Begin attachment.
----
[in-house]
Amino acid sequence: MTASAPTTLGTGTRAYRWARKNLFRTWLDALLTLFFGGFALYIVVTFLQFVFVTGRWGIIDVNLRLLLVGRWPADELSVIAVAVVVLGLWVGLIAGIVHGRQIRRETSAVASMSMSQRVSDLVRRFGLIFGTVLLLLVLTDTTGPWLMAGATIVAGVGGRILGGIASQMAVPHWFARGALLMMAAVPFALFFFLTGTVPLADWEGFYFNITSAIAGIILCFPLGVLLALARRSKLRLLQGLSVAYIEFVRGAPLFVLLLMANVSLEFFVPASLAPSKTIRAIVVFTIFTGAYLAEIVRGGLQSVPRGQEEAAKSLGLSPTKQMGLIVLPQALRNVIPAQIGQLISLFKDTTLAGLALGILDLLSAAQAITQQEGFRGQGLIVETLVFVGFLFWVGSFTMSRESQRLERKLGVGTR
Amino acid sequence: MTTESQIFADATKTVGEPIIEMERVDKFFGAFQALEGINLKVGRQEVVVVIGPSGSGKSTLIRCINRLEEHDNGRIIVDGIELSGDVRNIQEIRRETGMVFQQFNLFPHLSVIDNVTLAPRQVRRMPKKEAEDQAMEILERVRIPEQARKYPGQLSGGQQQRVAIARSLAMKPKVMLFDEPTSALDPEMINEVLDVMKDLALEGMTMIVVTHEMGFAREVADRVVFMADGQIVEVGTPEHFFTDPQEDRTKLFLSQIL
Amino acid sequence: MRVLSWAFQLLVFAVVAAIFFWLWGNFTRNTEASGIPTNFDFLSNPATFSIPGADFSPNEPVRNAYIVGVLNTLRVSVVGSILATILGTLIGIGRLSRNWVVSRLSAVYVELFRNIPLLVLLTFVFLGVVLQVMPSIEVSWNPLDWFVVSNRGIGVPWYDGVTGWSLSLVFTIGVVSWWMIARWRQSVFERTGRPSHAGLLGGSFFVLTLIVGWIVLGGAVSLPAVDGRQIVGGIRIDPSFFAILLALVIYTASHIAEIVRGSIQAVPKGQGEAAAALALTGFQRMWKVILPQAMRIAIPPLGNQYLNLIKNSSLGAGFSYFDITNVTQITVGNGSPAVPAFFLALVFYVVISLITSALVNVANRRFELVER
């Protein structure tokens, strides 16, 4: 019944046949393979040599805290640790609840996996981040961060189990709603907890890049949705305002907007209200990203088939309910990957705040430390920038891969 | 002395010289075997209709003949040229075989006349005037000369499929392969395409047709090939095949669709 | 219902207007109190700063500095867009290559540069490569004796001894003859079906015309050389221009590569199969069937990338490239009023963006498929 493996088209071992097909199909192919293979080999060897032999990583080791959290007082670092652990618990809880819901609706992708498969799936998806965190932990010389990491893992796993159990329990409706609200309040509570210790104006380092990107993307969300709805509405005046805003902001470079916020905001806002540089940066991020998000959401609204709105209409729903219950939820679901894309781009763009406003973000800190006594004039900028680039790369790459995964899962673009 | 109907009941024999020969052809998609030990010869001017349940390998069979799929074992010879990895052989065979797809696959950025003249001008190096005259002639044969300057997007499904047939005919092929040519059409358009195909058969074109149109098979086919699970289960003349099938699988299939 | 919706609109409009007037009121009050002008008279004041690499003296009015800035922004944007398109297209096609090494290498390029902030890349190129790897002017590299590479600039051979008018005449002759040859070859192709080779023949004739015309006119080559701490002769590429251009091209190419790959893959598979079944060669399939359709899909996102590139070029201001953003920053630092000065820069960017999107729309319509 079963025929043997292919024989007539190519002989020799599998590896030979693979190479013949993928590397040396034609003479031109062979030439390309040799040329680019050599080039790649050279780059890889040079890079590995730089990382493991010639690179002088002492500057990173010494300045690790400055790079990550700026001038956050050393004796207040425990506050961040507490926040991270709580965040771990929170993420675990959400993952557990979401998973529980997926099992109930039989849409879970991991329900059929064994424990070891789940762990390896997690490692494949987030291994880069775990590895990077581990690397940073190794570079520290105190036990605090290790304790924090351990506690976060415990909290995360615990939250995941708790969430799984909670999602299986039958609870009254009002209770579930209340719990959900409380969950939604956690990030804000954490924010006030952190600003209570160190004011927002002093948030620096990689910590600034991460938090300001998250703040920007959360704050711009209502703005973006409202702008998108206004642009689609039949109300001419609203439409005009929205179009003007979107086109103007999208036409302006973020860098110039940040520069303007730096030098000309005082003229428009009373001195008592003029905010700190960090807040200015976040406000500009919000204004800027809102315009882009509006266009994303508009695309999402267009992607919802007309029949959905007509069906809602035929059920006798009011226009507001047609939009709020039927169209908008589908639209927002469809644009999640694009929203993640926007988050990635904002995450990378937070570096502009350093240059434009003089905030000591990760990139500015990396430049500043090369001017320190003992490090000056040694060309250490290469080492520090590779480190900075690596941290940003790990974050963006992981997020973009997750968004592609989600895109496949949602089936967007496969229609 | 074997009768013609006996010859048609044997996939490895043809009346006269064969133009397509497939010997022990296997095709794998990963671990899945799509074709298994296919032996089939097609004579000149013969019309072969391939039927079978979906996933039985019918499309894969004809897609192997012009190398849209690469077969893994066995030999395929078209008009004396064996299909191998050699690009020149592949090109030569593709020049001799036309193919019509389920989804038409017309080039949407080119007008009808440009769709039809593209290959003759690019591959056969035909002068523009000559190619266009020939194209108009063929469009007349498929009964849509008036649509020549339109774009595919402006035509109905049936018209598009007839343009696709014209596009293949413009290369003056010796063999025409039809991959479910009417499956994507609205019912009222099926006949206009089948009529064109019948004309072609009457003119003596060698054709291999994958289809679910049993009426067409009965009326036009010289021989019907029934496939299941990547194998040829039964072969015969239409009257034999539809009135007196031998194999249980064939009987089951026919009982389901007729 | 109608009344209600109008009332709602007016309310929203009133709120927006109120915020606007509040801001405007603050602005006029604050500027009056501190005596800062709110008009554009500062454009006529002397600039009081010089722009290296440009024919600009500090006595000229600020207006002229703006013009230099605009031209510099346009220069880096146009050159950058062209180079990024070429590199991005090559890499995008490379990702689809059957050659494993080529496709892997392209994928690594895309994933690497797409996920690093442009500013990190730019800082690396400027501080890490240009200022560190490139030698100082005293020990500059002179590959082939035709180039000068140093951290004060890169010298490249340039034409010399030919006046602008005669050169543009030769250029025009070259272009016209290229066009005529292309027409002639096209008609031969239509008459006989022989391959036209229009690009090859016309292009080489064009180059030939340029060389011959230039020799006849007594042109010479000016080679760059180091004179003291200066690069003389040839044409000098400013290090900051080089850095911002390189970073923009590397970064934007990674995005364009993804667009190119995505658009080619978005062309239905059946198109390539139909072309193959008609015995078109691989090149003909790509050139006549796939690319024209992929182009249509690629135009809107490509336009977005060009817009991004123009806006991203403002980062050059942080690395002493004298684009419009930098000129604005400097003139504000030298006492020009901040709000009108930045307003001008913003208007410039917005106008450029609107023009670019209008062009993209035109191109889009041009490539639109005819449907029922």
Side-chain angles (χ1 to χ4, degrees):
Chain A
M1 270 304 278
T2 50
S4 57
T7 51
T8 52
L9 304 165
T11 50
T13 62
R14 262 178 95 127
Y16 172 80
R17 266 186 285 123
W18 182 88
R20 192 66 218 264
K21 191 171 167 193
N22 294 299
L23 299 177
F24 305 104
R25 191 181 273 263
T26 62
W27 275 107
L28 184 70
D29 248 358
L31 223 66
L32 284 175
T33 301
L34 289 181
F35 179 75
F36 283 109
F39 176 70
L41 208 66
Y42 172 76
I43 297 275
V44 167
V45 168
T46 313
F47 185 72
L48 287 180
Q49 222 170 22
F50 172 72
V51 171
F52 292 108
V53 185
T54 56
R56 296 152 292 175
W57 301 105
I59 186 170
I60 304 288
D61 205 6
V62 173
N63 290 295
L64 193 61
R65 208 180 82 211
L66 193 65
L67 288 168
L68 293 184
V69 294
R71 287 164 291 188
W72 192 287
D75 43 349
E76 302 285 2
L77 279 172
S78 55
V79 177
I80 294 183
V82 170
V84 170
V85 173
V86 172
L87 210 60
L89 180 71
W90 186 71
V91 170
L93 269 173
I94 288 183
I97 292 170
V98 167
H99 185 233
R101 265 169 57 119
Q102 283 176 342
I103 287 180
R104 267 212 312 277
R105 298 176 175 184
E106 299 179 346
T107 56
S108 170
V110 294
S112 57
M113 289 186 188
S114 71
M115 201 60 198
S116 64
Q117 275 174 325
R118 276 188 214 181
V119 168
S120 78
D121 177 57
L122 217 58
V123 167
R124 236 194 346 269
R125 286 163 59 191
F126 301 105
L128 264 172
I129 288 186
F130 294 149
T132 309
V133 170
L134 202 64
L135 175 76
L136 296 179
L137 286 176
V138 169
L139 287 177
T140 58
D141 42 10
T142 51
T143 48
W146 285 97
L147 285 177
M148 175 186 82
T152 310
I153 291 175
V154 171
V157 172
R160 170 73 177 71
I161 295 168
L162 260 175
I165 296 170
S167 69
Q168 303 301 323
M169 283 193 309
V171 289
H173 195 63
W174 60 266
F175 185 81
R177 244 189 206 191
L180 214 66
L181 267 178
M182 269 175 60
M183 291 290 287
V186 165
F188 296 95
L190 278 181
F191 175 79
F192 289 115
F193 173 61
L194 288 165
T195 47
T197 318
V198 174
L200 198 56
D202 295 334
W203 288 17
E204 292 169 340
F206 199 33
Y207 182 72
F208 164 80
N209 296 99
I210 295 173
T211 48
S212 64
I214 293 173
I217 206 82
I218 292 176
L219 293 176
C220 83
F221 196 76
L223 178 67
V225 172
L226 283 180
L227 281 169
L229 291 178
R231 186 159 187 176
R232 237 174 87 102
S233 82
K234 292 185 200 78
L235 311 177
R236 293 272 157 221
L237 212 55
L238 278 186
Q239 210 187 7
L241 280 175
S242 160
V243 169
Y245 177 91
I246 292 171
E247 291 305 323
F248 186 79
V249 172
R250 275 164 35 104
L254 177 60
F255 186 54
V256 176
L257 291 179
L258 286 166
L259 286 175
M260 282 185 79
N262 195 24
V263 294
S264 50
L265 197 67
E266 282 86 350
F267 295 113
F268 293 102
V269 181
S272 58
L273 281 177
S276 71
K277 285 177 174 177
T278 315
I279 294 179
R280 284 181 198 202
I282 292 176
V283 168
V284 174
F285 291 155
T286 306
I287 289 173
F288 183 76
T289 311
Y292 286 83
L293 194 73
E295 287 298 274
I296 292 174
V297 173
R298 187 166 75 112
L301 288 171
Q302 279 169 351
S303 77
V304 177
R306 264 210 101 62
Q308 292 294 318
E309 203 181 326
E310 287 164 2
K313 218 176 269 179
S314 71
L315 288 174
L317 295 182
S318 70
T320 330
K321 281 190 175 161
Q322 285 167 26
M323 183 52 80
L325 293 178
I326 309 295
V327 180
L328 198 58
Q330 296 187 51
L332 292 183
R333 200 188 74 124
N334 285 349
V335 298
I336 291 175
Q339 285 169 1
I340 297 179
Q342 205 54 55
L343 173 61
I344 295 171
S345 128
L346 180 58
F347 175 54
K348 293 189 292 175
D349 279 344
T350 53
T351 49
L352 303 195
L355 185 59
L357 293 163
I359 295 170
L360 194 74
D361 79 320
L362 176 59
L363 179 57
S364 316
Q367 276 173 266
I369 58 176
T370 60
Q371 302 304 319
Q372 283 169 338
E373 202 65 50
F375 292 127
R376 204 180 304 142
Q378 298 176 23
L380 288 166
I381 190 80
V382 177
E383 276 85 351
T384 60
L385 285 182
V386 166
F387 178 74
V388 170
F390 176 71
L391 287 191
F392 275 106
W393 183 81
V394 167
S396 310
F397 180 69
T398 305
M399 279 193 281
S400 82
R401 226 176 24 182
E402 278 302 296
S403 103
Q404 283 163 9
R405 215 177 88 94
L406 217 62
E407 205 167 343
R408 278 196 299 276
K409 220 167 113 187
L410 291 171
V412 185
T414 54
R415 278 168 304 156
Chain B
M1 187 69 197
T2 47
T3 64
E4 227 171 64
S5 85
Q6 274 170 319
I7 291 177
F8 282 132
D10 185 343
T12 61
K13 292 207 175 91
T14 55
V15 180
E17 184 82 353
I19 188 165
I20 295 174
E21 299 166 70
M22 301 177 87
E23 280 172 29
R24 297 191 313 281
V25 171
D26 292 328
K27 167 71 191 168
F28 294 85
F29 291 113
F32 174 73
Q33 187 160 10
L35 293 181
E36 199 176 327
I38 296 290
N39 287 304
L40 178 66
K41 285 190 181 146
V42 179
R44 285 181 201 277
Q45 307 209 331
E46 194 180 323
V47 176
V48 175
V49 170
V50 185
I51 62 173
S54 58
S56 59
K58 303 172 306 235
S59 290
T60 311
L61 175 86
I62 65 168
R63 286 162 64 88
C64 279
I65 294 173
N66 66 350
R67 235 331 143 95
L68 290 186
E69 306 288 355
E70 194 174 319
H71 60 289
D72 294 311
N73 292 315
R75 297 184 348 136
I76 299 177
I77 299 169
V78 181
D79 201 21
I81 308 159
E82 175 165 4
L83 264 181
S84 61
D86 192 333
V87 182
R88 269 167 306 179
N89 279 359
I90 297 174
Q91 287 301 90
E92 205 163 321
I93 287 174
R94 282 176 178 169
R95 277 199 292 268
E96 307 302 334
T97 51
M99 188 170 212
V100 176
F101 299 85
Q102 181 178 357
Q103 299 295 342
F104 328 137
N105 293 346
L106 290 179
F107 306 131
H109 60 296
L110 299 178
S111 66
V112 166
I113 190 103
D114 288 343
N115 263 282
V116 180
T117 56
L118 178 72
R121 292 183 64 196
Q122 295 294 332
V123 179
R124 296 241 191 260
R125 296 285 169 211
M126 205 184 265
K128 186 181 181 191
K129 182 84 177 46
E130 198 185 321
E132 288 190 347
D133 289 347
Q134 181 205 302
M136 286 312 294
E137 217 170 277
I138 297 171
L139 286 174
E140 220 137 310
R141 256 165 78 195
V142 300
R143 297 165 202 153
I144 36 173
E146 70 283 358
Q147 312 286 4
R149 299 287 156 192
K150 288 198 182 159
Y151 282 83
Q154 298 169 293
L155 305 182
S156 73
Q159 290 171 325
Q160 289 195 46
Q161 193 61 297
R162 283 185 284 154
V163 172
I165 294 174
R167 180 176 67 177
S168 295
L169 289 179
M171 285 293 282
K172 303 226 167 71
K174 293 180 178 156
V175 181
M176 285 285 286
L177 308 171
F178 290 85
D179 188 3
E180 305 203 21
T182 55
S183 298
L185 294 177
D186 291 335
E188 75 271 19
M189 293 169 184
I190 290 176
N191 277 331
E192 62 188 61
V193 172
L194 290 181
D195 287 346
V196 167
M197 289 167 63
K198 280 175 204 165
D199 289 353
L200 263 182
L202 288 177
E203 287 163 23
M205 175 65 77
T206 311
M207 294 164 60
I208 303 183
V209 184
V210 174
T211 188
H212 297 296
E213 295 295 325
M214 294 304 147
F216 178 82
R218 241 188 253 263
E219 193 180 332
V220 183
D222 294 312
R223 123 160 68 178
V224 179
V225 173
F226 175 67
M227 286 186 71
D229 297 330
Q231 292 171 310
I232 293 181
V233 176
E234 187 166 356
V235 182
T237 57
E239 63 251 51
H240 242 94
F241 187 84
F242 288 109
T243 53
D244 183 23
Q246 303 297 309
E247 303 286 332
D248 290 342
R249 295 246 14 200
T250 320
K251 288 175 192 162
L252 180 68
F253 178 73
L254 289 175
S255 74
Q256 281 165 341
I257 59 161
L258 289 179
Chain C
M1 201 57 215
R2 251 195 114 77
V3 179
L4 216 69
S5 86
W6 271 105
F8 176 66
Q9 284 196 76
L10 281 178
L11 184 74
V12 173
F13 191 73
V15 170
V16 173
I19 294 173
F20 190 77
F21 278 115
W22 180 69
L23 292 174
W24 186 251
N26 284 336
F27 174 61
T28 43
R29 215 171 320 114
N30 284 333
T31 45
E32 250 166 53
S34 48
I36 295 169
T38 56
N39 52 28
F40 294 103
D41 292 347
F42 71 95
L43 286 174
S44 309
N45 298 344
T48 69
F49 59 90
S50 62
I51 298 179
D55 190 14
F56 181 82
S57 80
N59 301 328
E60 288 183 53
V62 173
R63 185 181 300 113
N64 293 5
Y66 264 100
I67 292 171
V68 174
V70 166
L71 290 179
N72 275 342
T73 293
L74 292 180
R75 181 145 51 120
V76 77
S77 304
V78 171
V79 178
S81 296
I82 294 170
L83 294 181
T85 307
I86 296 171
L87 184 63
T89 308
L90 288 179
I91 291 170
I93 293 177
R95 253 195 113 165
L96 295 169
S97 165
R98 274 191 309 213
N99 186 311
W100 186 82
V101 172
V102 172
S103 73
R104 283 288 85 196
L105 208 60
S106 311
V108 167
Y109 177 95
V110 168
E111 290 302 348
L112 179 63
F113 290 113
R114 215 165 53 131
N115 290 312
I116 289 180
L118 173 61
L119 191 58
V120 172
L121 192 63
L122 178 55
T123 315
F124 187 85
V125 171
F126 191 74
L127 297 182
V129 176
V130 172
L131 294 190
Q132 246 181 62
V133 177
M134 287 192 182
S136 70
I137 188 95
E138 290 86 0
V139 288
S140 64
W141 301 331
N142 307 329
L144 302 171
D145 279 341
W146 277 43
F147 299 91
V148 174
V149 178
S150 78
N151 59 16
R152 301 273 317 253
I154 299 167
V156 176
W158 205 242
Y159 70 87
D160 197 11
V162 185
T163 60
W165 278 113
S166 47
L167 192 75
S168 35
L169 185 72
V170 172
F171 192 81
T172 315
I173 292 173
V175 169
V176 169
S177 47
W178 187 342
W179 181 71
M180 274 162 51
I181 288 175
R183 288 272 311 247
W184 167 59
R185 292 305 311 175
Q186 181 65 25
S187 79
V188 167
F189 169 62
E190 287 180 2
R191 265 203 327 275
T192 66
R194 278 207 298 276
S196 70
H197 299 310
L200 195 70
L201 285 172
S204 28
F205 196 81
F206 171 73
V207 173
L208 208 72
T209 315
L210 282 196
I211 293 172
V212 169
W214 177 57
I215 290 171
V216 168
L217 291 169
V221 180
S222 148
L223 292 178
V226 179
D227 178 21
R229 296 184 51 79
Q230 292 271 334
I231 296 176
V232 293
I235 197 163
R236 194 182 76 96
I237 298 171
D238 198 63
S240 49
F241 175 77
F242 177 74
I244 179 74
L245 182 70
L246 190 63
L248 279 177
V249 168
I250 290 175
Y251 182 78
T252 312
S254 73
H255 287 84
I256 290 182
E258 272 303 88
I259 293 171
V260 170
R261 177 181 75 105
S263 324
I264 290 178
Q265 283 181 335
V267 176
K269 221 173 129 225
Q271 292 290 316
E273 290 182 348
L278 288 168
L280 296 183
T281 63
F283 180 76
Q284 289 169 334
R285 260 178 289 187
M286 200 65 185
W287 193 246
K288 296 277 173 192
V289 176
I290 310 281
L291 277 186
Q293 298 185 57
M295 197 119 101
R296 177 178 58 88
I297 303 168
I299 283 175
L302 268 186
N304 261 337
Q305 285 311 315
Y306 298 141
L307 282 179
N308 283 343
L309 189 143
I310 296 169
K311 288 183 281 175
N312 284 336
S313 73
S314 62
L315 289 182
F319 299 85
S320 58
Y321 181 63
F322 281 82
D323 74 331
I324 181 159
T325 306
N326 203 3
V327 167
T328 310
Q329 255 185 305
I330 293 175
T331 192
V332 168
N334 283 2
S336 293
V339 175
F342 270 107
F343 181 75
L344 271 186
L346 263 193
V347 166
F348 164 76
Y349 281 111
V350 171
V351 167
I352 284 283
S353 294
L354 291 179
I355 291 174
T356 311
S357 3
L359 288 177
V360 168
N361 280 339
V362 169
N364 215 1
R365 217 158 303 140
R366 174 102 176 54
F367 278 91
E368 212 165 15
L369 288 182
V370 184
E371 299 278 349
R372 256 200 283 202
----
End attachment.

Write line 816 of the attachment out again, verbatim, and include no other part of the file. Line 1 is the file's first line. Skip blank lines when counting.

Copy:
N364 215 1